SINGAPORE: Oil prices rose in Asia Friday after the International Energy Agency (IEA) said it saw the crude supply glut easing by year's end, but trading was cautious ahead of a crunch producers' summit.
The IEA report, released ahead of Sunday's summit in Doha, said the oil surplus would fall to 200,000 barrels per day in the second half of this year from 1.5 million bpd in the first six months.
Oil glut set to ease this year: IEA
However, the Paris-based agency said any decision by oil producers to freeze output would have "limited" impact compared to trimming production, which would have a more permanent effect in boosting prices.
Analysts said trading was cautious before the Doha meeting that will involve both members of the Organization of the Petroleum Exporting Countries, led by Saudi Arabia, and non-OPEC producers such as Russia.
Trading sentiment was also weighed by a report on Wednesday showing a sharper-than-expected rise in US commercial crude inventories, indicating softer demand in the world's top oil consumer.
At around 0630 GMT, US benchmark West Texas Intermediate for delivery in May was up 19 cents at $41.69 and Brent crude for June was trading 16 cents higher at $44.00 a barrel.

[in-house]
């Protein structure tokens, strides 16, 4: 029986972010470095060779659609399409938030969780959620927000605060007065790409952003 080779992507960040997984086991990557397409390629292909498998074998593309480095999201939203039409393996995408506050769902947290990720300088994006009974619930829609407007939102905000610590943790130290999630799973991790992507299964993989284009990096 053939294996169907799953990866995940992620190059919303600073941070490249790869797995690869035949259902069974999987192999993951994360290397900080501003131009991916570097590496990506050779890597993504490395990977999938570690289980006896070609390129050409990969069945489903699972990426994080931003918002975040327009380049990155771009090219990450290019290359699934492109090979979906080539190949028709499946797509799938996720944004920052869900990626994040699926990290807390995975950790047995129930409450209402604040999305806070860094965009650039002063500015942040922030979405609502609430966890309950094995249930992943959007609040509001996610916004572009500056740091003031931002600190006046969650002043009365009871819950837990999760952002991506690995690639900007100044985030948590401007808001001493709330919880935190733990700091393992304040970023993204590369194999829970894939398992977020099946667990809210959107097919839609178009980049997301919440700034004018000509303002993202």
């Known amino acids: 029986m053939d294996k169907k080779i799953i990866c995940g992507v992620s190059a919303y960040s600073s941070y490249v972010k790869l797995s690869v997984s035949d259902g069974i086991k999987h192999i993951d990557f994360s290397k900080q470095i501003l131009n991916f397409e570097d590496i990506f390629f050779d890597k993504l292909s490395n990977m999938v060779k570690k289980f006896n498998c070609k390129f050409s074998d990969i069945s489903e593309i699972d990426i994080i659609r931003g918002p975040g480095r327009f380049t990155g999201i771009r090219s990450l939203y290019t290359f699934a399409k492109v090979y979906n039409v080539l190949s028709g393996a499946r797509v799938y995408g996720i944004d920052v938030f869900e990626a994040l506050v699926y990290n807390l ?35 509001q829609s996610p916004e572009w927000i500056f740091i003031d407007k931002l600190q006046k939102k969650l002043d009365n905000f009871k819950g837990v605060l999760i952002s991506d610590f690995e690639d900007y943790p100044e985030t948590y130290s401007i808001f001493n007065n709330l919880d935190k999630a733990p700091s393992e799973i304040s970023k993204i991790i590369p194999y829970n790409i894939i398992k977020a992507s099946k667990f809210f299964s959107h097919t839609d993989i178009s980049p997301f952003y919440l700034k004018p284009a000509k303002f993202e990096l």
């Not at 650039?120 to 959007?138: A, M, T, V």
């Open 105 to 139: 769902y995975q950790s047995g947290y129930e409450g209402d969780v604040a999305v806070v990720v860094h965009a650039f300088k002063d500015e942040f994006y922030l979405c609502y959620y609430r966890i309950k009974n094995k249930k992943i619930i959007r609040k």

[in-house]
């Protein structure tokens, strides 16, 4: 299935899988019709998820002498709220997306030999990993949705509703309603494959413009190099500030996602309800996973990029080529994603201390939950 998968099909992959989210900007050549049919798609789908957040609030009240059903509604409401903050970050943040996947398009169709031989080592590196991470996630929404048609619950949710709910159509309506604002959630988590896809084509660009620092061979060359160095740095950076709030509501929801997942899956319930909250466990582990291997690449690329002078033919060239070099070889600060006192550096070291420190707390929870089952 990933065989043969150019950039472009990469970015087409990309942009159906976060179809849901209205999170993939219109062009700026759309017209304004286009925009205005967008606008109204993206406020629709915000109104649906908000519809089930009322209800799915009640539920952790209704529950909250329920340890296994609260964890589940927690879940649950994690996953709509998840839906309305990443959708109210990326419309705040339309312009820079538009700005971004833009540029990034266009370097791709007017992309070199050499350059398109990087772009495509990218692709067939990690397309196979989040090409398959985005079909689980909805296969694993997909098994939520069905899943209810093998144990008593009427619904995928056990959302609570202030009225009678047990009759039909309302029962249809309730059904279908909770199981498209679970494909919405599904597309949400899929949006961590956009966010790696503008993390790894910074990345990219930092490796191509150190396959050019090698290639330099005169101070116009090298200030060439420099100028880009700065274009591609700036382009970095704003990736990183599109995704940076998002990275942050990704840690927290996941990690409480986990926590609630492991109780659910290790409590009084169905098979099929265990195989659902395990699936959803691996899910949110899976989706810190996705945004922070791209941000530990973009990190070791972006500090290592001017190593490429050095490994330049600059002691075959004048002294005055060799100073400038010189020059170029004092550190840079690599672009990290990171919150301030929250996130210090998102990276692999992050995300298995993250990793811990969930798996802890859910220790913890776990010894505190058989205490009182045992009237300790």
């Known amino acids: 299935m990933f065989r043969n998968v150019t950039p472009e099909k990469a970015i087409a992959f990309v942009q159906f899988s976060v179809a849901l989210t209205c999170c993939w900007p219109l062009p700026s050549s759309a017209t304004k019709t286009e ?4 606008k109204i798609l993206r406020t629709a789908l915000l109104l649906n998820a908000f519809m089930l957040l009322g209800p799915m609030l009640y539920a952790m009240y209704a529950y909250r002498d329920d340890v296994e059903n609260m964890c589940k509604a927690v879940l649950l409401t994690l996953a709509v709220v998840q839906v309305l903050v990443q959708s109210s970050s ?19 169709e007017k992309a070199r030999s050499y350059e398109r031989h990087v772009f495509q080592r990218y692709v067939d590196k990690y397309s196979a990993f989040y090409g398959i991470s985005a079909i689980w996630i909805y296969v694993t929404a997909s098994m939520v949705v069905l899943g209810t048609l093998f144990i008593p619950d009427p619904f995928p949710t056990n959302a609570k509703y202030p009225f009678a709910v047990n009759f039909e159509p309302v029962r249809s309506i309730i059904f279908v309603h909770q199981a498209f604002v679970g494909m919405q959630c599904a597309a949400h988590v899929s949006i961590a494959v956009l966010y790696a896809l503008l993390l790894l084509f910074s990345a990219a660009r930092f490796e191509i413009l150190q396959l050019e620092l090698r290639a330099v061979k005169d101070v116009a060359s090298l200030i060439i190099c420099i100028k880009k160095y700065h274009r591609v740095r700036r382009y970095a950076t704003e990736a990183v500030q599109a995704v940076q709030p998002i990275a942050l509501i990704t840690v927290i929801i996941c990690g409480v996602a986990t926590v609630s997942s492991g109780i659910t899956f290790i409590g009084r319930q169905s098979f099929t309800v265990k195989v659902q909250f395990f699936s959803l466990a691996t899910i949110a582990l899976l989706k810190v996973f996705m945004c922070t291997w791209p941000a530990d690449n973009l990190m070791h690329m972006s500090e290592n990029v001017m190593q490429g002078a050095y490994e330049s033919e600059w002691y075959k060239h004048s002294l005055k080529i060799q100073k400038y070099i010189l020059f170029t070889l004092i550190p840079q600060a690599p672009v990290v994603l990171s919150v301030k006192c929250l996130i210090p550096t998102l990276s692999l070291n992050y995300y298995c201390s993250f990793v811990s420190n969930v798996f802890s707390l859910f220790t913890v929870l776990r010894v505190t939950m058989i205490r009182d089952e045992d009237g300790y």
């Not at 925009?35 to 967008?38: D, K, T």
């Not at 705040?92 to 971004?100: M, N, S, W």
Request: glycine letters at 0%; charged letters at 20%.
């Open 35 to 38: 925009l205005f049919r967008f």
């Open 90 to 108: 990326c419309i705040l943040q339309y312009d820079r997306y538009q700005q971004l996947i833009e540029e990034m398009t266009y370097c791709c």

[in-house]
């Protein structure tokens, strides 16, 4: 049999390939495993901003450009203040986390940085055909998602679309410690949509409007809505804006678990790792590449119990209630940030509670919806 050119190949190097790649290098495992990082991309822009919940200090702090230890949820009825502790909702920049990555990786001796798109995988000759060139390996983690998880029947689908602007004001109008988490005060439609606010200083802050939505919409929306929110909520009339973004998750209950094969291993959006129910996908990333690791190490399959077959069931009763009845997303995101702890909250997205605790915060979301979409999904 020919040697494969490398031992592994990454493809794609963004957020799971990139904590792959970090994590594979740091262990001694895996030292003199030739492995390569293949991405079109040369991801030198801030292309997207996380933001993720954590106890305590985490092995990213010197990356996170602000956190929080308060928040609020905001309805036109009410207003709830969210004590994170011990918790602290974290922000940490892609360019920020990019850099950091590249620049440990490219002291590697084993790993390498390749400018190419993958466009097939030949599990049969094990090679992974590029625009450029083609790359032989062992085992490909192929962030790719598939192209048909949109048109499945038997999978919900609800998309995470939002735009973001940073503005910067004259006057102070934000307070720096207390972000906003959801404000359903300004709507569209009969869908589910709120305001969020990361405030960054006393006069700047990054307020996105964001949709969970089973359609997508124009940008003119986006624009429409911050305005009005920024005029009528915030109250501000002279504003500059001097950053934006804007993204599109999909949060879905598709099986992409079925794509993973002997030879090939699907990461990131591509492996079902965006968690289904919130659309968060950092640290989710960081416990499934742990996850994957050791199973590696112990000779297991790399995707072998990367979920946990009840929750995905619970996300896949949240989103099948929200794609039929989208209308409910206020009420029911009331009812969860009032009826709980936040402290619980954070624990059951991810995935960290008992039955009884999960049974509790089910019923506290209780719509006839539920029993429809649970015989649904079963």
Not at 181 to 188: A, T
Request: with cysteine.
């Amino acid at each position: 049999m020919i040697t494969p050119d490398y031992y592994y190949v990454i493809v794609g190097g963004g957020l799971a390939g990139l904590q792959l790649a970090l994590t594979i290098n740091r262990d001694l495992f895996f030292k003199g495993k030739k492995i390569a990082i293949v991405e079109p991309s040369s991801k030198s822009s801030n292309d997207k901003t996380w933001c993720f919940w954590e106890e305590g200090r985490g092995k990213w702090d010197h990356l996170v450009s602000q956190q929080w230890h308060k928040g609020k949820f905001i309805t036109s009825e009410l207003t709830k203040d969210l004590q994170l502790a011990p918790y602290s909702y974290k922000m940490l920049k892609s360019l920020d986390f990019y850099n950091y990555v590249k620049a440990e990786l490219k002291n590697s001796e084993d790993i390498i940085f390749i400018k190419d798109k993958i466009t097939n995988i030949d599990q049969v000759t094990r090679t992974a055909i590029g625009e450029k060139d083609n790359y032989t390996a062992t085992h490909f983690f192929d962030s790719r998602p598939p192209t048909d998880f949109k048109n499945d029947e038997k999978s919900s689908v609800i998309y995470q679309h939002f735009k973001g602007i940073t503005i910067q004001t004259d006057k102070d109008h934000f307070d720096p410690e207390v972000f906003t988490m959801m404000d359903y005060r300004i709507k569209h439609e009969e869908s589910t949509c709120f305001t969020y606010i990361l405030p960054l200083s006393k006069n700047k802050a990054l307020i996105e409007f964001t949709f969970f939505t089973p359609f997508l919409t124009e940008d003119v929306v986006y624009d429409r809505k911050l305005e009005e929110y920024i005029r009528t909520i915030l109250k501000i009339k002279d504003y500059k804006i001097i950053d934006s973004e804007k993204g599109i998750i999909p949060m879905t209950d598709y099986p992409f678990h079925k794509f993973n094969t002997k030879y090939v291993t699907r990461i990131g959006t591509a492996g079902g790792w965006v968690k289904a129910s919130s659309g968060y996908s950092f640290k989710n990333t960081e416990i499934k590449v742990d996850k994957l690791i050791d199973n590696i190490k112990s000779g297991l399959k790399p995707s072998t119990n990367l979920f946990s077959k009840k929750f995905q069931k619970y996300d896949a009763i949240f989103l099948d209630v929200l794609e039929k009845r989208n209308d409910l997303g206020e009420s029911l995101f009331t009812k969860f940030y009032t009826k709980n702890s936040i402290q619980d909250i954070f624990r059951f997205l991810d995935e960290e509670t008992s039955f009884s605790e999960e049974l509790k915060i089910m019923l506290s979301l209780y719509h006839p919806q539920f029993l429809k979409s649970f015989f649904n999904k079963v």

"Rising inventories continued to dampen the bulls. Traders remain cautious before the upcoming freeze meeting," said Margaret Yang, an analyst with CMC Markets in Singapore.
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Analysts from Singapore's United Overseas Bank said in a market commentary: "We are not positive on the Doha meeting and do not expect any credible output freeze agreement to be achieved, and that in turn could lead to correction in crude oil prices early next week."
World oil prices slumped by about three quarters to below $30 between mid-2014 and February this year on the back of the global supply glut and overproduction.
Crude has rebounded from near 13-year lows two months ago on hopes a deal would be reached in Doha, although OPEC member Iran has said it would not join the freeze calls.
Tehran is ramping up production after the West lifted nuclear-linked economic sanctions.